• 8. Monitoring and evaluation: developing indicators … for what?Needs more focus• MRV – measuring GHG emissions cf. FAO• Indicators on Process; Outcome ; Impact• For priority setting? OECD Trade and Agriculture Directorate 8
    • 9. Green Growth Knowledge Platform: GGGI, OECD, UNEP, W orld Bank Moving towards a common approach on GG IndicatorsOECD Trade and Agriculture 9Directorate
    • 10. Policy Coherence Best way to achieve? Productivity/Income Sequestration/Mitigation Reduced emissions Resilience/Adaptation Agriculture Forestry Environment CSA REDD+ PES
    • 11. unsustainable agricultureclimate smart agriculture
    • 12. Other recent policy documents:Foresight (UK) OECD Trade and Agriculture Directorate 12
    • 13. Comparing recent policy documents:UNEP: Avoiding Future Famines OECD Trade and Agriculture Directorate 13
    • 14. Comparing recent policy documentsCCAFS Achieving food security in the face of climate change Key Recommendations: 1. Integrate food security and sustainable agriculture into global and national policies 2. Significantly raise the level of global investment in sustainable agriculture and food systems in the next decade 3. Sustainably intensify agricultural production while reducing greenhouse gas emissions and other negative environmental impacts of agriculture 4. Target populations and sectors that are most vulnerable to climate change and food insecurity 5. Reshape food access and consumption patterns to ensure basic nutritional needs are met and to foster healthy and sustainable eating habits worldwide 6. Reduce loss and waste in food systems, particularly from infrastructure, farming practices, processing, distribution and household habits 7. Create comprehensive, shared, integrated information systems that encompass human and ecological dimensions OECD Trade and Agriculture Directorate 14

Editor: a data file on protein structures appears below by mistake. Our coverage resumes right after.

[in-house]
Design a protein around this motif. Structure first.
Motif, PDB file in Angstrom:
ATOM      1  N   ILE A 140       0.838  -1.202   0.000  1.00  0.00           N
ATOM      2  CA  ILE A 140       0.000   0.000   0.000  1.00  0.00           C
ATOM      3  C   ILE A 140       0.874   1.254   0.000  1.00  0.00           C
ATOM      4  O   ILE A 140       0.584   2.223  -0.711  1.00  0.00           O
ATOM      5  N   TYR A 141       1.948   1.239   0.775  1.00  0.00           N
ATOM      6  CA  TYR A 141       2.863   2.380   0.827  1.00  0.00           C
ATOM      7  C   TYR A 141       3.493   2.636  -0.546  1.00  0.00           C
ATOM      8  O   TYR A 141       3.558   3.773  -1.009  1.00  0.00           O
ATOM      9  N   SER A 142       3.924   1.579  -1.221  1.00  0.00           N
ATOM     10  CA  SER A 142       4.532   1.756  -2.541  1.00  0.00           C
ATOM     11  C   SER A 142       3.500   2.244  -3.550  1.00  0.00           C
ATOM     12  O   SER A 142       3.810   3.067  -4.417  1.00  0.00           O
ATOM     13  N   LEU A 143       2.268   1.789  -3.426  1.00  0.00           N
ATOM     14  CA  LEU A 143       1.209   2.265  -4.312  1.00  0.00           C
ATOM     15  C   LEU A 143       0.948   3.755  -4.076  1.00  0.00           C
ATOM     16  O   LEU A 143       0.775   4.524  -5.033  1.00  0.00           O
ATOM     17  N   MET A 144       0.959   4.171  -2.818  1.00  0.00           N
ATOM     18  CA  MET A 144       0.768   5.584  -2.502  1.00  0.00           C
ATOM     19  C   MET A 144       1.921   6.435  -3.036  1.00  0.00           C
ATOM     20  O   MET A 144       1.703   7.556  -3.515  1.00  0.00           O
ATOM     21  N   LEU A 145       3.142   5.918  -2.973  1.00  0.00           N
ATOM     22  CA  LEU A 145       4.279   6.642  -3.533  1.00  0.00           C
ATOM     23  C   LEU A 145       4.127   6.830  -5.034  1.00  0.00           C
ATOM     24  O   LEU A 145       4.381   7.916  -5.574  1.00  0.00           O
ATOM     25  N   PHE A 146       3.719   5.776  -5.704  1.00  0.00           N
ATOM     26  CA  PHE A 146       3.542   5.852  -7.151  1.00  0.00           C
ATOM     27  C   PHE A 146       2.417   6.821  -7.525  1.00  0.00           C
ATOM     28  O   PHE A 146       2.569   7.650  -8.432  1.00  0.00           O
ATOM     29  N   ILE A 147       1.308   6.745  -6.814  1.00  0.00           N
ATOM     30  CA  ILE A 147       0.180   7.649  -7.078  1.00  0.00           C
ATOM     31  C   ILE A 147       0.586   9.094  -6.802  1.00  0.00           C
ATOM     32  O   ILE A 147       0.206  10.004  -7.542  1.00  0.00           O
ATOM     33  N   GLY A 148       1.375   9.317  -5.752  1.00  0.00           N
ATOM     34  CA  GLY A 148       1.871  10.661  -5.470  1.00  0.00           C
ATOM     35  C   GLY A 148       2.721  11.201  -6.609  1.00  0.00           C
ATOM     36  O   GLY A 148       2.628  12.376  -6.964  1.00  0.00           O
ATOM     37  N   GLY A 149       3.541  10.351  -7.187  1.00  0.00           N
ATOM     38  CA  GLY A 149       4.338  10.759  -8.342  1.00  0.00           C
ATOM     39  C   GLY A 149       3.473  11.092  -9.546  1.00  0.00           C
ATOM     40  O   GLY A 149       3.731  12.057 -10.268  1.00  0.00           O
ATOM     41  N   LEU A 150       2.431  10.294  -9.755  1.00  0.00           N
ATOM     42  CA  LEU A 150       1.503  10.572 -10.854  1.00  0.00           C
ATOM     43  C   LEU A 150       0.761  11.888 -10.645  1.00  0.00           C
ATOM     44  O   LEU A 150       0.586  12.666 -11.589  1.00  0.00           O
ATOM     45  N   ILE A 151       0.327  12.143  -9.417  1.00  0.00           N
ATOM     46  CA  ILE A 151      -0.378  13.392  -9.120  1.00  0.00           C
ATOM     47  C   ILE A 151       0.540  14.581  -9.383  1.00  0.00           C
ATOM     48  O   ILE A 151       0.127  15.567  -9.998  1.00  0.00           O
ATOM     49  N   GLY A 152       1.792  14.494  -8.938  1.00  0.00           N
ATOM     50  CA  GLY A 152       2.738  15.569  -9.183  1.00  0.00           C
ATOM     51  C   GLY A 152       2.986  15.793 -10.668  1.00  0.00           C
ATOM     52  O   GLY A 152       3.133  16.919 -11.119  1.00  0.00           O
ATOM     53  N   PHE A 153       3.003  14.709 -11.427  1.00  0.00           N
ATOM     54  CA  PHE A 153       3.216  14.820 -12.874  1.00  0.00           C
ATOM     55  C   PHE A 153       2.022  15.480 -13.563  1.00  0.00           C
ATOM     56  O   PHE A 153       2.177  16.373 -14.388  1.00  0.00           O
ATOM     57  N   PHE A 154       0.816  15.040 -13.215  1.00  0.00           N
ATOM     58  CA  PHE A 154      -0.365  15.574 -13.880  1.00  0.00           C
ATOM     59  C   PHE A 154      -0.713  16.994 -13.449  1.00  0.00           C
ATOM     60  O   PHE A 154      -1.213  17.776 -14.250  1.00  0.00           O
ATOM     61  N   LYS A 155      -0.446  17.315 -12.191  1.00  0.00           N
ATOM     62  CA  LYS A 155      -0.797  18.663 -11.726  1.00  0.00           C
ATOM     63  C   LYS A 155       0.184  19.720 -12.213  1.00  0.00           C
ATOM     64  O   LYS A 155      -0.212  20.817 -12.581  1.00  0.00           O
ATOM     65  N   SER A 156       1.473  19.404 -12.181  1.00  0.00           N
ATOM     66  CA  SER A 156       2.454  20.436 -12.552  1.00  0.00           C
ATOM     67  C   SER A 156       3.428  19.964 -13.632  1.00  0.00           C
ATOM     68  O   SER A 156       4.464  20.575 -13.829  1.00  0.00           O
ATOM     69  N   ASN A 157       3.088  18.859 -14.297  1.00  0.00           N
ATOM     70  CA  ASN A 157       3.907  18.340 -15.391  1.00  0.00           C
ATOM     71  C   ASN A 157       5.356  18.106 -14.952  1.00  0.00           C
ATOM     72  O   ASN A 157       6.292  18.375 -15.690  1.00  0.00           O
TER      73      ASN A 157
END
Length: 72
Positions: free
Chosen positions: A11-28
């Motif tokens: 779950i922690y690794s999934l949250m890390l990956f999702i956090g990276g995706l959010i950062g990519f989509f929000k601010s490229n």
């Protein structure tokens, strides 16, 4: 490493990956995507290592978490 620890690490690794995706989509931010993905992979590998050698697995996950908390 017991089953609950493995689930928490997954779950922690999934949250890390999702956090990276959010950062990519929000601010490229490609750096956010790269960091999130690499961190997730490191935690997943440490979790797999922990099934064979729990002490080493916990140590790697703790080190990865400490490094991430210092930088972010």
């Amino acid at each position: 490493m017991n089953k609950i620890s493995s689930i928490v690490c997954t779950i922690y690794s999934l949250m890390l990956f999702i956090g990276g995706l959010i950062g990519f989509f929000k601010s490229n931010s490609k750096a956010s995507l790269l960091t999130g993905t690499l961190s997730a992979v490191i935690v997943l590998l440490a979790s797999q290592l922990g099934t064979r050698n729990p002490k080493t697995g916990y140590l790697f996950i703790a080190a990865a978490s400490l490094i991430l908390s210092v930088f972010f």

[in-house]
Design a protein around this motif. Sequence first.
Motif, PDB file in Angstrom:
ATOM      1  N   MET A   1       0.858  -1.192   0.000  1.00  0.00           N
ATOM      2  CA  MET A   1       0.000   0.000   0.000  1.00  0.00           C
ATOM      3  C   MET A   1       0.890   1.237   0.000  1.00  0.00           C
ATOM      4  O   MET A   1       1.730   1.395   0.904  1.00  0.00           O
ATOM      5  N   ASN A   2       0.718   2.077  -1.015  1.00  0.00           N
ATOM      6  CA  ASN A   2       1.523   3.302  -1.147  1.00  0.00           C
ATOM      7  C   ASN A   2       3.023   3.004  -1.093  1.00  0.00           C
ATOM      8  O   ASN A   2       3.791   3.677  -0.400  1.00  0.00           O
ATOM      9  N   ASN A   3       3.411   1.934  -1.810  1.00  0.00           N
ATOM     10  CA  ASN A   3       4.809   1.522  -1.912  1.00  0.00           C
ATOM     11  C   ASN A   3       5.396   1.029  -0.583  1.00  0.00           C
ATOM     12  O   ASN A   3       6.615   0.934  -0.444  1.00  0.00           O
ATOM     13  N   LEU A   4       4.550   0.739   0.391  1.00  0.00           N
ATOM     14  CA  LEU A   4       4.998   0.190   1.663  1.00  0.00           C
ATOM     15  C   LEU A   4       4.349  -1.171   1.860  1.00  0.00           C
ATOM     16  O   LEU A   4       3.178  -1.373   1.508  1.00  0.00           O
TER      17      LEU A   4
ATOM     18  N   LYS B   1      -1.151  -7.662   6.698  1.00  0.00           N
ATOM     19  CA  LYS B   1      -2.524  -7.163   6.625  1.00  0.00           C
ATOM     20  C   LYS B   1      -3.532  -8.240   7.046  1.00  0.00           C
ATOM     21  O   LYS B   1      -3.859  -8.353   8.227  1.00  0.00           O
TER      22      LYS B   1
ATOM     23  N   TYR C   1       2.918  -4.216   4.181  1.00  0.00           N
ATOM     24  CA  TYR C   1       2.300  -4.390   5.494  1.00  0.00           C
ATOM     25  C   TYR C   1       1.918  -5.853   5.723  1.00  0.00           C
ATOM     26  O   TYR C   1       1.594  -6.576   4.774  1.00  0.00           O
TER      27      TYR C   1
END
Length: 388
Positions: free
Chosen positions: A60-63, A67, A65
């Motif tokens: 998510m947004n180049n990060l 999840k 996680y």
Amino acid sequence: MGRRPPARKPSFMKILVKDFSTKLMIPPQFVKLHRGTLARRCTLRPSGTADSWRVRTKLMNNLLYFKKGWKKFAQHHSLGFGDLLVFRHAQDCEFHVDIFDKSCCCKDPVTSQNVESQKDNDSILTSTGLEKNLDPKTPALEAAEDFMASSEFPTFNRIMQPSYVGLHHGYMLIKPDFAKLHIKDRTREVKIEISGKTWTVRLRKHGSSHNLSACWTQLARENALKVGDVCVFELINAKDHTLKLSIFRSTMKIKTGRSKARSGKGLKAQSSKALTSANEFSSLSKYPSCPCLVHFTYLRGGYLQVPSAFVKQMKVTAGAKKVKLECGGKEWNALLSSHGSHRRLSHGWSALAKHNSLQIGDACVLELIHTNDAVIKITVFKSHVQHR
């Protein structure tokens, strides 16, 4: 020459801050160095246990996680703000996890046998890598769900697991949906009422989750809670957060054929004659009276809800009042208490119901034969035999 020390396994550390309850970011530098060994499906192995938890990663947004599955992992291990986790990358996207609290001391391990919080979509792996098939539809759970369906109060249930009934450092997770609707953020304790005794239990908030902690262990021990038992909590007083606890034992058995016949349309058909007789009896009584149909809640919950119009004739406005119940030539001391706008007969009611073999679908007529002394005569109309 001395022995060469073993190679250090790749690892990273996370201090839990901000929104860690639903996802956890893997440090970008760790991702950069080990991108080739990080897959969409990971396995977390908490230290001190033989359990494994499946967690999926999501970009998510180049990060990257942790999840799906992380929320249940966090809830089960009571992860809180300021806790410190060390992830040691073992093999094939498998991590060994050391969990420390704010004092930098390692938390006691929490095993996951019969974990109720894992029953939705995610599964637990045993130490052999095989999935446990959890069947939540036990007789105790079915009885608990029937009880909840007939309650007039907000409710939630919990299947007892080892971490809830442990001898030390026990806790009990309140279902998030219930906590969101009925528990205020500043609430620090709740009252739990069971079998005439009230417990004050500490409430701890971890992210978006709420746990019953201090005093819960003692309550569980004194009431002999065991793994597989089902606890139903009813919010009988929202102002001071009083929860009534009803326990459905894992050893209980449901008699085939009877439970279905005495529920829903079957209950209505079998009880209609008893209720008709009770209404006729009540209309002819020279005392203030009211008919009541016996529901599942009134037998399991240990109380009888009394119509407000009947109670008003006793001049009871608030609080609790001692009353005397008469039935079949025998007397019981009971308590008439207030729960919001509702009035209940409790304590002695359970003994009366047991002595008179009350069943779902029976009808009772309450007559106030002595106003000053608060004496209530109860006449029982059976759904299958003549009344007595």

• 15. Comparing recent policy documentsG-20: IO report to Mexican Presidency 2012 OECD Trade and Agriculture 15 Directorate
    • 16. Recent policy documents (OECD)Global Food Security Challenges(2013) The challenge of ensuring global food security is first and foremost one of raising the incomes of the poor so that they can afford the food they need to lead healthy lives. Agricultural development has a key role to play in raising incomes, but it is essential to foster wider economic growth that creates diversified rural economies with jobs both within and outside agriculture. Large increases in investment will be needed to raise incomes and increase the supply of food sustainably. Most of the investment will need to come from the private sector, but governments have an important role in establishing the framework conditions. Public investment supported by development aid can complement and attract private investment OECD Trade and Agriculture 16 Directorate